Although Buddhists have been branded by orthodox or mainstream Hinduism as Nastika, the Buddhists themselves have branded only the Cārvākas as nastika. For example Nagarjuna wrote in his Ratnavali, that nastikya (nihilism) leads to hell while astikya (affirmation) leads to heaven. Further, the Madhyamika philosopher Chandrakirti, who was accused of being a nastik, wrote in his Prasannapada that emptiness is a method of affirming neither being nor non-being and that nihilists are actually naive realists because they assume that things of this world have self-existent natures, whereas Madhyamikas view all things as arising dependently within the context of casual conditions.
There were also Buddhists that were accused of believing in ideas outside of the Buddha's teachings, and they were called nastika in the "Bodhisattvabhumi" (a section of the Yogacarabhumi by Asanga) and the scripture also declared they should be subject to isolation so their views do not infect the rest of the Buddhist community. Like the Manusmriti, the Bodhisattvabhumi also criticizes the nastika for reliance on logic only.
According to the Sallekha Sutta, belief leading to evil conduct is of three kinds, and natthika ditthi (nastikavada or nihilism), is one of them (the others being ahetuka ditthi or accidentalism and akiriya ditthi or the view of inaction).
According to Buddhist texts, Astikavada is also known as Sabbathikavada.
- Flood 1996, pp. 82, 224–49
- For an overview of this method of classification, with detail on the grouping of schools, see: Radhakrishnan & Moore 1989
- For instance, the "Atheist Society of India" produces a monthly publications Nasthika Yugam, which it translates as "The Age of Atheism".
- Chatterjee, Satischandra; Datta, Dhirendramohan (1984), An Introduction to Indian Philosophy (Eighth Reprint ed.), University of Calcutta, pp. 5, footnote 1,
In modern Indian languages, "āstika" and "nāstika" generally mean "theist" and "atheist", respectively. But in Sanskrit philosophical literature, "āstika" means "one who believes in the authority of the Vedas". ("nāstika" means the opposite of these). The word is used here in the first sense. The six orthodox schools are "āstika", and the Cārvāka is "nāstika" in both the senses.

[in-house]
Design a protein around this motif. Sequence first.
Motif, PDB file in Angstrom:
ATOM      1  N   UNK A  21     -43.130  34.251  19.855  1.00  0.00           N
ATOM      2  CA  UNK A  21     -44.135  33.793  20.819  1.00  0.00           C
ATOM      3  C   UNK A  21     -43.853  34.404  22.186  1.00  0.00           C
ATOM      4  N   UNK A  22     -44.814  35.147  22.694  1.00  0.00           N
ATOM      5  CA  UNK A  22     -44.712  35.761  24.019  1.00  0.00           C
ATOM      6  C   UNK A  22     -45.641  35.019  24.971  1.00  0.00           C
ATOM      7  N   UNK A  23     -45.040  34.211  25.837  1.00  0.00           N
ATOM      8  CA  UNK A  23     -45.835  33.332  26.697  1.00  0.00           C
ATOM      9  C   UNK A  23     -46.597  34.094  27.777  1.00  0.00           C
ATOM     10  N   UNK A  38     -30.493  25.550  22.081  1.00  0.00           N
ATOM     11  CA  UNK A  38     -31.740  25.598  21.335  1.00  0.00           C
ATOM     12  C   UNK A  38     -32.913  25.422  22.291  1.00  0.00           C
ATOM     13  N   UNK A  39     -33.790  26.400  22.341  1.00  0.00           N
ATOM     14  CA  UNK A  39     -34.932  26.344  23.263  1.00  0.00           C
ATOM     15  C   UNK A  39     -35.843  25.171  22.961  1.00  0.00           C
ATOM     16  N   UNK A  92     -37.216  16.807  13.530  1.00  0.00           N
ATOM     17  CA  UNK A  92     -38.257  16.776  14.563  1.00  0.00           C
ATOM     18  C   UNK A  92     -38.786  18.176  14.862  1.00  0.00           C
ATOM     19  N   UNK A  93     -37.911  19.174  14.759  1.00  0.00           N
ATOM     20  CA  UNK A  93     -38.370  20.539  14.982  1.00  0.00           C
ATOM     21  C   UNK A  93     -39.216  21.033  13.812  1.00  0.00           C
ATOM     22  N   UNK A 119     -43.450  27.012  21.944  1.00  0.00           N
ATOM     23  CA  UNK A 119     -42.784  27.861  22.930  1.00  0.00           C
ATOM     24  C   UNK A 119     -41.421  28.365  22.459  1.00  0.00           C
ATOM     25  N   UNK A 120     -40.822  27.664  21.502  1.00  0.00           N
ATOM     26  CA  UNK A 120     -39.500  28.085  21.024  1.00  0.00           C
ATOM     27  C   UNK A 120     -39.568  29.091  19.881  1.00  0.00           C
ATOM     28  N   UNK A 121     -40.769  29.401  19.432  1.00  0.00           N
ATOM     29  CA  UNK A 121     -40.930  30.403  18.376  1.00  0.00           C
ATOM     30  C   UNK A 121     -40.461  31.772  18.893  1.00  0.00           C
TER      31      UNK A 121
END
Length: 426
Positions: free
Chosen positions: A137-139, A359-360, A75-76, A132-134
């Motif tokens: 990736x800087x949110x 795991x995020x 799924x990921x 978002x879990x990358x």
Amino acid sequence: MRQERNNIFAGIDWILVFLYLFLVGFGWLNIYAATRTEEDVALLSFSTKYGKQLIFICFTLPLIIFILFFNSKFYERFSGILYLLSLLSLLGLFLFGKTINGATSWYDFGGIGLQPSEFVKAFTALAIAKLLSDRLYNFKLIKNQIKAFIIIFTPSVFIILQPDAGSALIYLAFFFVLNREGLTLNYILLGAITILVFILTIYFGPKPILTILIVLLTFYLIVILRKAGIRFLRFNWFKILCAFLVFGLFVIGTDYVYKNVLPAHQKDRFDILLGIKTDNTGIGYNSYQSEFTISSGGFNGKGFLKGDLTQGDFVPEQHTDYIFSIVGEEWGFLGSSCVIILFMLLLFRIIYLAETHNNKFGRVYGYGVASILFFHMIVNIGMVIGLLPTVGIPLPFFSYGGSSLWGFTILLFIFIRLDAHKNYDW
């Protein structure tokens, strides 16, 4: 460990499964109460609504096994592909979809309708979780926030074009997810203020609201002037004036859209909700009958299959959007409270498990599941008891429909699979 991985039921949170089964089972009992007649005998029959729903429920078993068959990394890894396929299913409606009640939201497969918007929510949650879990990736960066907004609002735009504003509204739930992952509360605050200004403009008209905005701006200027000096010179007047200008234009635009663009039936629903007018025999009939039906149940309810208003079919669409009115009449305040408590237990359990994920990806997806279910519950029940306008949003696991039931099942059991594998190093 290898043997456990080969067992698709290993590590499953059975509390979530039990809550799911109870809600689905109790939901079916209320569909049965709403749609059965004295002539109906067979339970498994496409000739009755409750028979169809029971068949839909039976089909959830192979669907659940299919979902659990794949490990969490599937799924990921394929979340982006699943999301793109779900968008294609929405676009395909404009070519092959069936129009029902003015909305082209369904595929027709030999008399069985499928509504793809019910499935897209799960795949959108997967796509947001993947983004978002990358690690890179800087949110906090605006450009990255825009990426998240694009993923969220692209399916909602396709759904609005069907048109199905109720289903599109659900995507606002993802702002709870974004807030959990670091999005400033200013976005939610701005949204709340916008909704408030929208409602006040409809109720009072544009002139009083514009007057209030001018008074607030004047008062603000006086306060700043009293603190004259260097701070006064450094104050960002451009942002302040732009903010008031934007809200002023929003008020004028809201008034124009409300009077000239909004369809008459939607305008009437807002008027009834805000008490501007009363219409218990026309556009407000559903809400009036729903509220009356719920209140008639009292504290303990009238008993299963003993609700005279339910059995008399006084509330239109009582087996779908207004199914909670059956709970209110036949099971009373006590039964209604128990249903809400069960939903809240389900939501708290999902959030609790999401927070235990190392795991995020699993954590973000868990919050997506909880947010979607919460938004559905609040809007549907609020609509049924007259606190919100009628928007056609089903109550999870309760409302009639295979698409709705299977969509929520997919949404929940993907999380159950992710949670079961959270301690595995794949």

- "By Sāṃkhya reasoning, the material principle itself simply evolves into complex forms, and there is no need to hold that some spiritual power governs the material principle or its ultimate source." Francis Clooney, CJ, "Restoring 'Hindu Theology' as a category in Indian intellectual discourse", in Flood 2003
- Monier-Williams 2006
- Apte 1965, pp. 240
- Bhattacharyya 1999, pp. 174
- Flood 1996, pp. 231–2
- Flood 1996, pp. 82
- Banerji 1992, pp. 2
- Page i, Forms of Indian Philosophical Literature and Other Papers by V.S. Kambi
- P. 163 Mahāvīra: His Life and Teachings by Bimala Churn Law
- P. 173 Unifying Hinduism: philosophy and identity in Indian intellectual history By Andrew J. Nicholson
- P. 101 A Critical Survey of Indian Philosophy By Chandradhar Sharma
- P. 187 Zen and the Art of Postmodern Philosophy: Two Paths of Liberation from the Representation Mode of Thinking By Carl Olson
- P. 174 Unifying Hinduism: philosophy and identity in Indian intellectual history By Andrew J. Nicholson
- P. 227 Studies in the Buddhist epistemological tradition: proceedings of the Second International Dharmakīrti Conference, Vienna, June 11–16, 1989
- P. 123 Sallekha Sutta: A Discourse on the Refinement of Character By Mahasi Sayadaw, Sobhana
- Apte, V. S. (1965), A Practical Sanskrit Dictionary
- Banerji, S. C. (1992), Tantra in Bengal (Second Revised and Enlarged ed.), Delhi: Manohar, ISBN 81-85425-63-9
- Bhattacharyya, N. N. (1999), History of the Tantric Religion (Second Revised ed.), New Delhi: Manohar, ISBN 81-7304-025-7
- Flood, Gavin (1996), An Introduction to Hinduism, Cambridge: Cambridge University Press, ISBN 81-7596-028-0
- edited by Gavin Flood. (2003), Flood, Gavin, ed., Blackwell companion to Hinduism, Blackwell Publishing, ISBN 0-631-21535-2
- Monier-Williams, Monier (2006), Monier-Williams Sanskrit Dictionary, Nataraj Books, ISBN 1-881338-58-4
- Radhakrishnan, Sarvepalli; Moore, Charles A. (1989) , A Source Book in Indian Philosophy (Princeton paperback 12th ed.), Princeton University Press, ISBN 0-691-01958-4